John Carter is a perfect example of a film that gets treated completely unfair by the media, who deem it a complete failure before it even gets released to the public. Yea, the marketing campaign wasn't exactly aces either, but this was a film that was deemed a failure before it even was released. There is this notion in the industry that money defines a film's quality, and while there is no denying its importance, they are not as highly correlated as one would think. I'll say it right now, John Carter was a better film than other blockbusters to come out around the same time like Hunger Games, for example. I will be the first to admit that the film isn't great by any means, but it's a solid adventure film that does a good job at taking the viewer on an epic adventure to a mystical world. One of the main things that I really liked about this film is that it really did not cater to the audience in it's narrative, really unfolding in a way that isnt very typical for a big blockbuster movie. Early on in the film, it's borderline confusing but I believe this was all part of the plan to put the audience into Carter's point-of-view The special effects are solid and the action is decent, though not exceptional. The character of John Carter is a reluctant hero, and I thought Taylor Kitsch did a good job in the role. This is a fun film that really got unfairly treated by the media, and it's a shame cause as far as big budget spectacles go, its one of the better ones.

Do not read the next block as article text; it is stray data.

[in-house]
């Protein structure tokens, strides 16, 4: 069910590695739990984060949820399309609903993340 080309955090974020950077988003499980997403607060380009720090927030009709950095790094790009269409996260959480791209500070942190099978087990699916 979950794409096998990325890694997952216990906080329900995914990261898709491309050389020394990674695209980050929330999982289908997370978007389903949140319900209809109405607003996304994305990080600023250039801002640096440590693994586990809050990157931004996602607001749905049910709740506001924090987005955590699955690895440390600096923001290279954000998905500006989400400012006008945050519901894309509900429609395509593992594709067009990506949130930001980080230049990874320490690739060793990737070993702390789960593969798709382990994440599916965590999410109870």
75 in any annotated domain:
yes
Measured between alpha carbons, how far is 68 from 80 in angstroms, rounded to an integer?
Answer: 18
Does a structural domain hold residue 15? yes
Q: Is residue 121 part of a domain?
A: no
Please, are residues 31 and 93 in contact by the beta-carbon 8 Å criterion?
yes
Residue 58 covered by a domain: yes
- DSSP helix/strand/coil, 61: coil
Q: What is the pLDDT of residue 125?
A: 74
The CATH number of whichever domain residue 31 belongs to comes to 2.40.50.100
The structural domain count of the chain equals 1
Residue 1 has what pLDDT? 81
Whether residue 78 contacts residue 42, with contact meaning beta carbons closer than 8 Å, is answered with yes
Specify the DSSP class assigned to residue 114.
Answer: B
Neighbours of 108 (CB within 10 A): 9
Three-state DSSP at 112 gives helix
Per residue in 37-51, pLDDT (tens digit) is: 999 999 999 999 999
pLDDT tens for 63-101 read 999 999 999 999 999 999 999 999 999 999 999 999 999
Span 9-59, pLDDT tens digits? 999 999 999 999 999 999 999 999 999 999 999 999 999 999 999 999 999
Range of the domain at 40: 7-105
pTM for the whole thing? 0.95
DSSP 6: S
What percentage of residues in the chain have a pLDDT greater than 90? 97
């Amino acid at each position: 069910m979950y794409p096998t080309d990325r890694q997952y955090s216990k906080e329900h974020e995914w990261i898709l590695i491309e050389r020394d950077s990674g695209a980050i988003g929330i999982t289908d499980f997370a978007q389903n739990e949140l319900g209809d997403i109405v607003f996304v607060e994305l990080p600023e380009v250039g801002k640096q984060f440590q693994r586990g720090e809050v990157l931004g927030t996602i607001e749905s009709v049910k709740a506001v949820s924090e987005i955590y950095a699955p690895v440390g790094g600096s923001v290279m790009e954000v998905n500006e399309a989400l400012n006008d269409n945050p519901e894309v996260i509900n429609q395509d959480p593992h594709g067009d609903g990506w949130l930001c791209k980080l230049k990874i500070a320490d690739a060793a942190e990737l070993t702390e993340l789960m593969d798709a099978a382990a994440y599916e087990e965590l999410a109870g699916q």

In 1985, Dr. Mudd, a man known to be a Confederate sympathizer, hears a knock at his door in the early hours of the morning. An injured man appears at his door with a broken leg, needing instant medical attention. The injured man who Mudd helps turns out to be John Wilkes Booth, leading Mudd to convicted for conspiracy in the murder of Abraham Lincoln. At first Mudd is sentenced to hang with the other conspirators but at the last moment his sentence is changed to life imprisonment. He is sent to Shark Island, a brutal penal colony, where he is sentenced to life imprisonment. John Ford's The Prisoner of Shark Island is a convincing and emotionally exhausting experience about the wrongfully accused Dr. Samuel Mudd. The film exposes how in the aftermath of Lincoln's assassination this mob mentality consumed the American people and the courts themselves, making Dr. Samuel Mudd a tragic victim of circumstance. We are shown just how important Lincoln was too so many people through this hatred, making Mudd's innocence, though quite obvious to the viewer, impossible for the common folk to even realize. Ford spends the time necessary to make Dr. Samuel Mudd a sympathetic character, capturing how even though he was a confederate sympathizer by no means meant he supported John Wilkes Booth. While it's easy to be sympathetic of Mudd's plight, the film uses Mudd's daughter and wife to masterfully create an emotionally devastating retelling of Mudd's conviction. Per usual, Ford's direction is top notch, with the hanging sequence being one of the true highlights. The way Ford composes this sequence - the perfectly timed compositions, the constant drum roll, etc. blend together to make a tension-filled sequence. When Mudd arrives at Shark Island, Ford uses darkness to great effect, showing the isolation and solitude Mudd was forced to live in during his time at Shark Island. My biggest complaint of the film revolves around Mudd's father, a character who comes off a little too silly and over-the-top for my taste, seemingly brought in for comedic relief. John Ford's The Prisoner of Shark Island is another great history retelling from the master director himself.